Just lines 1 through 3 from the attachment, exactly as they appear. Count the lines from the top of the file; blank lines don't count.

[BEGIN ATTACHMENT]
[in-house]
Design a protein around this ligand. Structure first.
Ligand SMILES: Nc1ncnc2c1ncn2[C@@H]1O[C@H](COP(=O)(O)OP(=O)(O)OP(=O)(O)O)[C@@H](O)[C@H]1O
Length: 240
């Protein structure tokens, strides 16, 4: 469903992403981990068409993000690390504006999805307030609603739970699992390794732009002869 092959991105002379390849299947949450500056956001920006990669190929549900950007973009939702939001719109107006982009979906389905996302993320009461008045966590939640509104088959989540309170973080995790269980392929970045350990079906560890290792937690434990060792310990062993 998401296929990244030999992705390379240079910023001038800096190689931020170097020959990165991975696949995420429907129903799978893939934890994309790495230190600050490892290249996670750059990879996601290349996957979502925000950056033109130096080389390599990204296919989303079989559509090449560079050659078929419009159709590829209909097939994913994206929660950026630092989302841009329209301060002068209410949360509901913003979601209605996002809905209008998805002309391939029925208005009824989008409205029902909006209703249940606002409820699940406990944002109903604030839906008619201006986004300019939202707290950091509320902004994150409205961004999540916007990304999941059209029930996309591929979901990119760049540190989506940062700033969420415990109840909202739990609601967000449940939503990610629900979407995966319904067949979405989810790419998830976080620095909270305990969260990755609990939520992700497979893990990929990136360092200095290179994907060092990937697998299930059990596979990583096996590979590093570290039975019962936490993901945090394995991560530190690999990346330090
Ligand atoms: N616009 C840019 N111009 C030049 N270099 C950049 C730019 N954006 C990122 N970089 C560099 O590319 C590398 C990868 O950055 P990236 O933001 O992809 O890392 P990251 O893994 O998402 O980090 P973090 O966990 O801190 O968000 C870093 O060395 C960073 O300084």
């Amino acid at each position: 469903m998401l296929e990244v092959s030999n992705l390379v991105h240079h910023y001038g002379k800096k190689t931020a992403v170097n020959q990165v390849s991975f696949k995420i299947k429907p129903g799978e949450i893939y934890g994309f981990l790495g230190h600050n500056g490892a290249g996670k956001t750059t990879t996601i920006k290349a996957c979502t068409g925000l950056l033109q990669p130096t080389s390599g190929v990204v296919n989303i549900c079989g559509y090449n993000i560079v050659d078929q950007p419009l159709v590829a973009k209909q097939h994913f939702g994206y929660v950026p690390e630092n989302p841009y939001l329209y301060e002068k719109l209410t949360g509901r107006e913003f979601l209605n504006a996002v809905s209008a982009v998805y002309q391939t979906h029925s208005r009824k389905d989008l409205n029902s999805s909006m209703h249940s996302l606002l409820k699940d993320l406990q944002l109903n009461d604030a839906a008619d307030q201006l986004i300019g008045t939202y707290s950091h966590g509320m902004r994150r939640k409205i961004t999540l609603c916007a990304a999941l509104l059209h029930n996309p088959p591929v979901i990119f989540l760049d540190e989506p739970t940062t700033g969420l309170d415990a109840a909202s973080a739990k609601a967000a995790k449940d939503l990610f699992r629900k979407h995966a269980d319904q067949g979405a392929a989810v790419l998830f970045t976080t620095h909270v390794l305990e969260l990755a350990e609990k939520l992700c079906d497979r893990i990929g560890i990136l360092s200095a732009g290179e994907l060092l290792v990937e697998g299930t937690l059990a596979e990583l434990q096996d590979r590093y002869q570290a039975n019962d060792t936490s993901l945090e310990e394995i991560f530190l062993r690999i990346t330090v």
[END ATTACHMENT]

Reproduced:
[in-house]
Design a protein around this ligand. Structure first.
Ligand SMILES: Nc1ncnc2c1ncn2[C@@H]1O[C@H](COP(=O)(O)OP(=O)(O)OP(=O)(O)O)[C@@H](O)[C@H]1O